Constipation in Pregnancy

Constipation becomes a problem during pregnancy for around 50% of women and causes abdominal pain or discomfort, straining when passing a stool and infrequent bowel movements.


Hormonal changes during pregnancy are thought to cause constipation by relaxing the muscles in the intestine. This serves to slow the movement of food through the digestive system and enable more time for nutrients to be absorbed into the bloodstream and delivered to the baby. However, it also allows more time for fluid to be removed, which can result in constipation.

Other factors that may contribute include anxiety, reduced exercise and insufficient fiber or fluid intake. Iron supplements can also contribute to constipation.


Pregnant women can take some measures to avoid constipation, including the following:

  • Maintaining a high fiber diet

Diet should be rich in high-fiber foods such as fruit, vegetables, whole grains, beans, prunes and bran. Women should aim to include 25 to 30 grams per day of fiber in their diet. A fiber supplement can also be used if approved by a healthcare provider.

  • Maintaining an adequate fluid intake

The movement of food through the body is slowed during pregnancy, which enables more water than usual to be removed from waste, which can lead to hardened stools and constipation.

It is important that pregnant women drink plenty of fluids, especially if they are upping their intake of fiber. Adequate hydration can help stools to stay soft. Ideally, 10 to 12 cups of fluid should be drunk every day.

A high fiber diet mixed with plenty of fluids is the most effective combination for helping the body to eliminate waste effectively. Fluid intake may need to be further increased in hot or humid environments or when exercising. An increased fluid intake should also be maintained after the baby is born because the body will use as much fluid as possible to make breast milk.

  • Exercising regularly

Reduced physical activity increases the likelihood of constipation occurring. Engaging in moderate exercise such as swimming, walking and other aerobic activities stimulates the bowels, which can improve intestinal function and prevent constipation. Women should aim to exercise for 20 to 30 minute periods at least three times a week but ideally they should be active on a daily basis.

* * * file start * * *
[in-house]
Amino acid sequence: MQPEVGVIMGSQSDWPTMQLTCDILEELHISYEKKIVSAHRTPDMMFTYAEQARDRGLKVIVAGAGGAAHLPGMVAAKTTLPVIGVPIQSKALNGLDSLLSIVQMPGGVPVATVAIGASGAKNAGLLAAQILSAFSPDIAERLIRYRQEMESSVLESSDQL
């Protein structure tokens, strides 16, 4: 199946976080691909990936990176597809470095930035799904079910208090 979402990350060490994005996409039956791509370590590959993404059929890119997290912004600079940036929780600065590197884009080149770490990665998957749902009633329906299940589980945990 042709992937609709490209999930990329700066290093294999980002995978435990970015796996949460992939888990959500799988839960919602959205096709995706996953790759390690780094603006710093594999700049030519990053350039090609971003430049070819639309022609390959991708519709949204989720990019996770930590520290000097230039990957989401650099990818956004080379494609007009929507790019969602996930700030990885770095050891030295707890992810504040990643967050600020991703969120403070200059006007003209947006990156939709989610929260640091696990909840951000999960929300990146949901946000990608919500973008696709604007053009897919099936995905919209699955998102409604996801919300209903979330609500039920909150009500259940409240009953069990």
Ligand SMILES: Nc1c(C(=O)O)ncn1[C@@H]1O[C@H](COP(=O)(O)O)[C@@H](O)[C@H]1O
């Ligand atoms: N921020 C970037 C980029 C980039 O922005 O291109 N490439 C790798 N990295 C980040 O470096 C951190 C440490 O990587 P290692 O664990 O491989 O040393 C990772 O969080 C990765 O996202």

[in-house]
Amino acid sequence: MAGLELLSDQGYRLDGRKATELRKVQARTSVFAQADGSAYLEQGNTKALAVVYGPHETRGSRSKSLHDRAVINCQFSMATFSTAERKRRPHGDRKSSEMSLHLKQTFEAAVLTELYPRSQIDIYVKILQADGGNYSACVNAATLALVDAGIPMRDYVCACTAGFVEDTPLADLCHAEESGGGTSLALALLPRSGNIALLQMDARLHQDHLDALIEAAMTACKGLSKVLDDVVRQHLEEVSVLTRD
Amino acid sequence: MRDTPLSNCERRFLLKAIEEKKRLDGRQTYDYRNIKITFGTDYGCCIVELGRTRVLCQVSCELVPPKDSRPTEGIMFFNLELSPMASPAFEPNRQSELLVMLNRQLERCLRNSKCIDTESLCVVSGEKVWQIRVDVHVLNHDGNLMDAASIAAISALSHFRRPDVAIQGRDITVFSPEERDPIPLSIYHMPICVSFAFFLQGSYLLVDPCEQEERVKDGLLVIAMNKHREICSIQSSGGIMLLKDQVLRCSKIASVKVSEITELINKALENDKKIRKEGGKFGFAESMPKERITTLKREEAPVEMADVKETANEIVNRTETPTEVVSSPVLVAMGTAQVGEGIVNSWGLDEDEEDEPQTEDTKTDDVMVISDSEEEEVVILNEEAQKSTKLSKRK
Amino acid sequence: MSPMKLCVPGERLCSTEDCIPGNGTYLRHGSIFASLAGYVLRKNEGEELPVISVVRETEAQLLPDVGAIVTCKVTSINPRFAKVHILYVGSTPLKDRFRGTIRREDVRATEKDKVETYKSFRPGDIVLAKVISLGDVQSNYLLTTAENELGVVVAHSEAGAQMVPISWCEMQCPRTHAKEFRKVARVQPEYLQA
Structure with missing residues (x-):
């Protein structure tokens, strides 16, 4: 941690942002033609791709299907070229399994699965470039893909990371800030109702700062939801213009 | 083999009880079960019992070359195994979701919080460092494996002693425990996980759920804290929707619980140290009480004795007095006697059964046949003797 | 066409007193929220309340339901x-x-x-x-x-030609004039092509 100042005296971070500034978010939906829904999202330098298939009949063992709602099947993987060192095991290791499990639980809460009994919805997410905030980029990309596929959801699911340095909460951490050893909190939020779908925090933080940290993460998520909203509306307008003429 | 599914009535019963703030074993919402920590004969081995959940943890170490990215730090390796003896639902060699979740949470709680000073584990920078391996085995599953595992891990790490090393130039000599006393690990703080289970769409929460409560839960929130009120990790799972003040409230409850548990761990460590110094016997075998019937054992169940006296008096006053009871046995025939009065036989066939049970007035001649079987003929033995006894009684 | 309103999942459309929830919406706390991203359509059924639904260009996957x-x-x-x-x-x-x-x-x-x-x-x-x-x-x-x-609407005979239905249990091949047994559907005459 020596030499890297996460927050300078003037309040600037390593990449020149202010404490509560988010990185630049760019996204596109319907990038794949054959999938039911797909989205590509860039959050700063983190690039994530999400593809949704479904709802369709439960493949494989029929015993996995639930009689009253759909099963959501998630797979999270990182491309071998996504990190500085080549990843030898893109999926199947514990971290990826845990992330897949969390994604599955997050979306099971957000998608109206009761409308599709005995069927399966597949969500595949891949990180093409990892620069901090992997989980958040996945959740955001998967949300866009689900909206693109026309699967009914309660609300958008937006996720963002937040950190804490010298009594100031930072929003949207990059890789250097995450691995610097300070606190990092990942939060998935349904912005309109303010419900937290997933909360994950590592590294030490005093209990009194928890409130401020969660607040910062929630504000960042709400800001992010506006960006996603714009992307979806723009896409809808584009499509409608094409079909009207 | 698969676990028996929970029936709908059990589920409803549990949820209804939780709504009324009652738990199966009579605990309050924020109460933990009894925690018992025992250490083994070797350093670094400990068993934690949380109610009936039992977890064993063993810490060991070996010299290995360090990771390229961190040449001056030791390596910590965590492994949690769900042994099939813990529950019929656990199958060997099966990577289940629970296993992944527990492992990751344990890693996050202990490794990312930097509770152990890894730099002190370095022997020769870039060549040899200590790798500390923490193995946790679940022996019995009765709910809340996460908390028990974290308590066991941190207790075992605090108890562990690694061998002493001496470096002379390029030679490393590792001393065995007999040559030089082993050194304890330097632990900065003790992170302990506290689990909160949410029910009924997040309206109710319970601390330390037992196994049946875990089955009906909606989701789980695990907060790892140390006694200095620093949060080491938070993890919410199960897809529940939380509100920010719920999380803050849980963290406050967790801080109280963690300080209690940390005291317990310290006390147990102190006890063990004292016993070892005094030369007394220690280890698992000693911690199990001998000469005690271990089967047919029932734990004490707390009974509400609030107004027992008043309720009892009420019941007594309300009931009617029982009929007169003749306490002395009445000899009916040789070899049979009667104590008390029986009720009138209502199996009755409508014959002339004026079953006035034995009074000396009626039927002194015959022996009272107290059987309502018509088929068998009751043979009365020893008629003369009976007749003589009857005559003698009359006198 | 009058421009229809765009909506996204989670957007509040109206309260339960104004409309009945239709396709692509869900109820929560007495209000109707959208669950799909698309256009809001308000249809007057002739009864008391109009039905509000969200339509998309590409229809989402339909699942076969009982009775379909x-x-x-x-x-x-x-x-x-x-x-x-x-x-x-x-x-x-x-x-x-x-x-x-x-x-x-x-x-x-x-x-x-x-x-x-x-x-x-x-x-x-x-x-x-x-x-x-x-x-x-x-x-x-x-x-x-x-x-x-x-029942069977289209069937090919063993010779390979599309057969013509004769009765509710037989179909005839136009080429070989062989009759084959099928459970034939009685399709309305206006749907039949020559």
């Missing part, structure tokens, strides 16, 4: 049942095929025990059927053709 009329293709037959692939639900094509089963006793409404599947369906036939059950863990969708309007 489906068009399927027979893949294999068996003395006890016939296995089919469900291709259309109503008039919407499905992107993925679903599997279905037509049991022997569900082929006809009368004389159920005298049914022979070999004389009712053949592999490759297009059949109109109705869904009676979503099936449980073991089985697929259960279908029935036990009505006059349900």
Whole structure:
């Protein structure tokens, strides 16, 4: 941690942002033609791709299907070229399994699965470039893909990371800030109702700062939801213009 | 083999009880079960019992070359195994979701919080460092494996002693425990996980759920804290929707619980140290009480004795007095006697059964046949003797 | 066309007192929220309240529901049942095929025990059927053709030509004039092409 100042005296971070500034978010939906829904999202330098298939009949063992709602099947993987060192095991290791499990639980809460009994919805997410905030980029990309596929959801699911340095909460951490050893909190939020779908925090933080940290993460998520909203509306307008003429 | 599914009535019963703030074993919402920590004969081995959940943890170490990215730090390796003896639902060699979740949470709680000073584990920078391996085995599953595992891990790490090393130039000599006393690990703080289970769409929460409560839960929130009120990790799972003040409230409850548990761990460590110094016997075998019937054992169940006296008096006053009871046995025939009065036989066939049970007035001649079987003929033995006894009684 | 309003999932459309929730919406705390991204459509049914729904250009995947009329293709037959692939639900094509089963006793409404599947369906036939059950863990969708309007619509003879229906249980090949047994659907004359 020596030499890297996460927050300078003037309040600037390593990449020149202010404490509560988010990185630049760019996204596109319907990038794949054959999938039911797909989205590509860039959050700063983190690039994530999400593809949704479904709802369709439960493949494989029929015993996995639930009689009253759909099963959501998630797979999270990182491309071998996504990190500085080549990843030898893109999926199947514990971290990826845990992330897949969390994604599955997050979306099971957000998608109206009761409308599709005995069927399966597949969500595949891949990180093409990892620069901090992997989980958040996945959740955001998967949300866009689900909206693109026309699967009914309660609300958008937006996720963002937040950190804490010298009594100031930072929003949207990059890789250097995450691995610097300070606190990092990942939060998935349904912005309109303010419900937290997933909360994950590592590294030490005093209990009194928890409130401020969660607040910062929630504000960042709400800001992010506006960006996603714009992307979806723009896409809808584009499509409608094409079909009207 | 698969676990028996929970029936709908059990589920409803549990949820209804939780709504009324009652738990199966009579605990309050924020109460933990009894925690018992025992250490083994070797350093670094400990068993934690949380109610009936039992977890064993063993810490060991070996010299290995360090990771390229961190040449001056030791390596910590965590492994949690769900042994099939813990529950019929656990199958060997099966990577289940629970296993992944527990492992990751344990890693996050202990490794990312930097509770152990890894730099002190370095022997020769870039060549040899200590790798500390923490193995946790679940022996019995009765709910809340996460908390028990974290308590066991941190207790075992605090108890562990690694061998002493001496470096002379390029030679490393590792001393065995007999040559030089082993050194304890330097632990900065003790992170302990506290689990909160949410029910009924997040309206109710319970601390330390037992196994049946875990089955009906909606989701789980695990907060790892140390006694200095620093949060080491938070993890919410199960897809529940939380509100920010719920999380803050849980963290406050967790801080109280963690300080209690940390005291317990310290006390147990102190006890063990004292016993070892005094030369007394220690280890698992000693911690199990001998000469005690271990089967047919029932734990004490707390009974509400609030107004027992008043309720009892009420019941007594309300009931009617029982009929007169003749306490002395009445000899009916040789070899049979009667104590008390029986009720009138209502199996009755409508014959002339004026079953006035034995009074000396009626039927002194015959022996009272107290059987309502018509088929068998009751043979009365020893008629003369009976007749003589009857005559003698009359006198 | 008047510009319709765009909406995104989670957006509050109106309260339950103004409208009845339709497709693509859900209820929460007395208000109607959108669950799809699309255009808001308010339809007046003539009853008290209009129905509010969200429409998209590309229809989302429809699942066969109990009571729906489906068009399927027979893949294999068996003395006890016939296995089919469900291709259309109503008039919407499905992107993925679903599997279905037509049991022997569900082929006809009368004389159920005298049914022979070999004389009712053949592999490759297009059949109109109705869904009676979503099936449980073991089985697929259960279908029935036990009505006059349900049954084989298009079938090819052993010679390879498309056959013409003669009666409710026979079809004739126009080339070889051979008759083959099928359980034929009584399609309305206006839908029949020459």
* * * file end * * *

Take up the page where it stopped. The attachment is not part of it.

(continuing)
Exercising during pregnancy does not pose a danger to the baby and some evidence suggests that women who stay physically active during pregnancy encounter fewer problems in the later stages of pregnancy and during labour. Exercises that strengthen the muscles are particularly beneficial because improved muscle strength can help with carrying the weight that is gained during pregnancy. These will also improve joint strength and circulation, as well as easing backache.

  • Using over-the-counter therapies

Stool softeners moisten the stool, making it easier to pass. Stool softeners and other types of laxatives should only be used if approved by a healthcare provider. Some stool softeners and other laxatives are considered safe for use during pregnancy, while others are not, so women should always seek medical advice.

  • Reducing or stopping use of iron supplements

It is important to maintain a healthy iron level during pregnancy, but too much iron can contribute to constipation. A healthy diet is often enough to provide adequate iron during pregnancy, but women can have their iron level checked by their healthcare providers and discuss any recommendations for managing iron intake, if necessary. Women may be advised to change their iron supplements or reduce the amount they take.



Further Reading

  • All Pregnancy Content
  • Early Signs of Pregnancy
  • Is it Safe to Exercise During Pregnancy?
  • Pregnancy: 0-8 weeks
  • Pregnancy: 9 – 12 weeks

Last Updated: Feb 27, 2019

Written by

Sally Robertson

Sally has a Bachelor's Degree in Biomedical Sciences (B.Sc.). She is a specialist in reviewing and summarising the latest findings across all areas of medicine covered in major, high-impact, world-leading international medical journals, international press conferences and bulletins from governmental agencies and regulatory bodies. At News-Medical, Sally generates daily news features, life science articles and interview coverage.

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